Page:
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...why he and Mayor Bloomberg have asked the City Council to pass a law requiring anyone who wants to own such detectors to get a permit from the police first. And it's not just devices to detect weaponized anthrax that they want the power to control, but those that detect everything from industrial pollutants to asbestos in shoddy apartments. Want to test for pollution in low-income neighborhoods with high rates of childhood asthma? Gotta ask the cops for permission. Why? So you "will not lead to excessive false alarms and unwarranted anxiety," the first draft of the law states.
"There are currently no guidelines regulating the private acquisition of biological, chemical, and radiological detectors," warned Falkenrath, adding that this law was suggested by officials within the Dept. of Homeland Security. "There are no consistent standards for the type of detectors used, no requirement that they be reported to the police department—or anyone else, for that matter—and no mechanism for coordinating these devices..."
Dave Newman, an industrial hygienist for the NY Committee for Occupational Safety, claimed that under this law, the W Virginia air-quality experts who tested the air after 9/11 would have been a bunch of criminals. Dave Kotelchuck, deputy director of the NY/NJ Education Center, pointed out the absurdity of having police regulate and permit research science. "Think about industrial-hygiene folks who are going from Boston to Atlanta to measure, and have atmospheric detectors," he said. "They land in LaGuardia & JFK. As soon as they land, because possession is a misdemeanor, they've committed a misdemeanor. They're not going to test in NYC; they're just traveling through. But possession, which is the way the law has stated it, alone is a misdemeanor—not use. Not attempting to make measurements—just possession. That is just unwarranted."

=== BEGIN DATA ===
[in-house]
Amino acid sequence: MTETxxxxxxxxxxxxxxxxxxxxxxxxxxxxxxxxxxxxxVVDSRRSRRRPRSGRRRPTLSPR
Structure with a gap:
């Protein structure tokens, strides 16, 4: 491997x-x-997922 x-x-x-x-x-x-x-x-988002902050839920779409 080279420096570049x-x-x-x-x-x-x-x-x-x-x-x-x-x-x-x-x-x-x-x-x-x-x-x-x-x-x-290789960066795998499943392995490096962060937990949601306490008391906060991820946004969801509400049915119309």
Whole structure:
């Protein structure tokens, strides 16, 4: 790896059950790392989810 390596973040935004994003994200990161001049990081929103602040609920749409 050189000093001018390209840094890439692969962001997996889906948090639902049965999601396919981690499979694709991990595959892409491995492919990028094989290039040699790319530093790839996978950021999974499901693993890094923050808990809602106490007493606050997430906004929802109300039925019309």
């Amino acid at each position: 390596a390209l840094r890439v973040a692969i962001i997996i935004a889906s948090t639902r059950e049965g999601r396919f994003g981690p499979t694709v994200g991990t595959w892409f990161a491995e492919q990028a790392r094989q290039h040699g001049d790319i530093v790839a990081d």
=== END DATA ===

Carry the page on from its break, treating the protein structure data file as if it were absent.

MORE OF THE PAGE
Federal authorities found 80 unexpected "hot spots" around New York
City, according to the Government Accountability Office, the
investigative arm of Congress.
The helicopters picked up sources of low-level radiation from expected
places, like granite statues and medical isotopes at hospitals, but it
also found dozens of other sources of unexpected radioactivity, the GAO
A strong radiation spike from the area of the Israeli Embassy. Officials would not comment on why they thought that particular area allegedly showed such a stunning peak in radiation.